- We have several comparative studies in various stages. One is already underway in Seattle. We’re looking to measure the differences between SMHP and other instructional approaches. It will be interesting to note legibility scores as well as speed of acquisition.
- In the talking stages are studies examining the use of the Size Matters Handwriting Program in addressing specific special needs populations.
And this is just the beginning. If research interests you, please contact me. It takes years to get a study off the ground and even more years to get it into the journals. Right now, I’m collecting names of therapists who would like to participate as site managers as well as those would like to be principal investigators. It helps to have a university behind you, and I’m lucky to have a few. If you are in a doctoral or other research program, access to your libraries would provide the needed Literature Reviews.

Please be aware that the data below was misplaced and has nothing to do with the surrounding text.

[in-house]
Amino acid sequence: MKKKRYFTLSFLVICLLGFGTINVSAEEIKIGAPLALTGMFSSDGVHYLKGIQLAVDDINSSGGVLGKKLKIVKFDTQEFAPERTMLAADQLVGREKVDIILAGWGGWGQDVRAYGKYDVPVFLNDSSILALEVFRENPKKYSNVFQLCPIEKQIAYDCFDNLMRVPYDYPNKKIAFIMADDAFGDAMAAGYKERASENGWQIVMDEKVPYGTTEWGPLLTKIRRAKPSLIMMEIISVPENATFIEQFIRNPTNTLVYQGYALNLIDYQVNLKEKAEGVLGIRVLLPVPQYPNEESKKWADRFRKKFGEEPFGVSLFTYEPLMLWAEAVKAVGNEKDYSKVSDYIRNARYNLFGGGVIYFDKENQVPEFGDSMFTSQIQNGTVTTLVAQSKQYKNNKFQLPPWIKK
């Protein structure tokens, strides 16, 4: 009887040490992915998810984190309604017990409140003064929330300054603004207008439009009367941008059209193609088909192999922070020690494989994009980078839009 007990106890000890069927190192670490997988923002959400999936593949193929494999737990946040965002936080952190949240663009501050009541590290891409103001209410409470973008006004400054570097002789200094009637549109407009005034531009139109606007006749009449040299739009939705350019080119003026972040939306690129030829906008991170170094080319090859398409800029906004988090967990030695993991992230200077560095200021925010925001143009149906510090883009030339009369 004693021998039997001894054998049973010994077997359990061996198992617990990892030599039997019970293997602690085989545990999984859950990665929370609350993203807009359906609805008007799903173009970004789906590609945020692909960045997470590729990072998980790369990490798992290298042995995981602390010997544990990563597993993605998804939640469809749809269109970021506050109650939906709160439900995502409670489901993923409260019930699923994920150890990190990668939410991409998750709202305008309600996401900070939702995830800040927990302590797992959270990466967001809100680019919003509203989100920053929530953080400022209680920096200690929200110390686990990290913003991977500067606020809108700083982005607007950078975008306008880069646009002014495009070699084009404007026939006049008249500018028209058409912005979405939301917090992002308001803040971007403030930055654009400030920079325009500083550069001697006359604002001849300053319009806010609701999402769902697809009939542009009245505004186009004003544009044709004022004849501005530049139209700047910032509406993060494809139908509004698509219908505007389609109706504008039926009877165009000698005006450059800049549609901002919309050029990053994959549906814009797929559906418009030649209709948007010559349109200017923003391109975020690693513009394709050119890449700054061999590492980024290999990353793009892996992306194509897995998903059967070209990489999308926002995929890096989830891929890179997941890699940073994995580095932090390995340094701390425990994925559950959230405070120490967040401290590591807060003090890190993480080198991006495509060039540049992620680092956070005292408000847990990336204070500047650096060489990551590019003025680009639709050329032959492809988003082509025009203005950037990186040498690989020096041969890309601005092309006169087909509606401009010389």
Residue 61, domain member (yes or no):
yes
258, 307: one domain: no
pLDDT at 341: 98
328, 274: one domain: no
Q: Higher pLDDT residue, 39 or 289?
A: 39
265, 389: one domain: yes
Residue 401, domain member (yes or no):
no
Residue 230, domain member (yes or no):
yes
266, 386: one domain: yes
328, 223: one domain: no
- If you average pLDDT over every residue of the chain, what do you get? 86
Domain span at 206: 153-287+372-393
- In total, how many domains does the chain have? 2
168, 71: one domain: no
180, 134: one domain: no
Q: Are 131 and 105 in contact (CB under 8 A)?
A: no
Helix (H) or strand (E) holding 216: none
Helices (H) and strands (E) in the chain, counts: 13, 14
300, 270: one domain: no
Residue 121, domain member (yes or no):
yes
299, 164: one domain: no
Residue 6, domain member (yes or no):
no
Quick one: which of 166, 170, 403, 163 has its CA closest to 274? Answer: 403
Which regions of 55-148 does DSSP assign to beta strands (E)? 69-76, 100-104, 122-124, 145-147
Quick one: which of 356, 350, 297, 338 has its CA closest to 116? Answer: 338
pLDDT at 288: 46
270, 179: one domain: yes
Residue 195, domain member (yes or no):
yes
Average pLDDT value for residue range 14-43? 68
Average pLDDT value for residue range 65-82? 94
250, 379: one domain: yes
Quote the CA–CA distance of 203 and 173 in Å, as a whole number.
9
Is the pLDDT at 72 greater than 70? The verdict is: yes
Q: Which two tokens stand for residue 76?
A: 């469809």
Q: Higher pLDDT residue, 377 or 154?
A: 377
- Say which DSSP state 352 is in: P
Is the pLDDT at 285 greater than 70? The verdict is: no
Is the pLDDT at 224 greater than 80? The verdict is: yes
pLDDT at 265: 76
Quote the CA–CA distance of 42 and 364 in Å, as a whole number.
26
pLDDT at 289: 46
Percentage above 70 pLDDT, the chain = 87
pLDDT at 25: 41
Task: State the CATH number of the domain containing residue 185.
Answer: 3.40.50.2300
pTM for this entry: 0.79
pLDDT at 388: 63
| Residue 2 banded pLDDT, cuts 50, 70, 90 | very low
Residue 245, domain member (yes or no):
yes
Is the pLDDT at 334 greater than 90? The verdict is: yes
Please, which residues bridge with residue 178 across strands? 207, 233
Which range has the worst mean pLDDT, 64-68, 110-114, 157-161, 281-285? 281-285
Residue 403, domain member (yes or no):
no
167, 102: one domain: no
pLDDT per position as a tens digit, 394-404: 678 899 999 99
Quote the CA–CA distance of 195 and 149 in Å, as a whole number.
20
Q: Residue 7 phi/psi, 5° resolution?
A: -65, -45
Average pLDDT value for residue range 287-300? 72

Let’s keep talking, but let’s move on. And let’s learn why the Size Matters handwriting Program could have achieved this level of success.
There are several theories. Here is an actual dialogue I repeat many times with my students. Pink is me. Blue are the kids.
- In other words, this is a CHILD-CENTERED approach. When you are child-centered, you build child-empowerment. As you all know from the OT practice framework, including our patients, clients, or students in their treatment plans helps them become invested in the goals. This is the root basis for FOLLOW THROUGH AND CARRY OVER.
- Polatajko says that (using cognitive-based approaches, (in other words, including students in the decision-making and goal setting, children improved their performance on their three self-identified goals, maintained their skills after intervention, and reported satisfaction on all their goals.
- In short, when kids know why they’re doing what they’re doing, there is a buy in.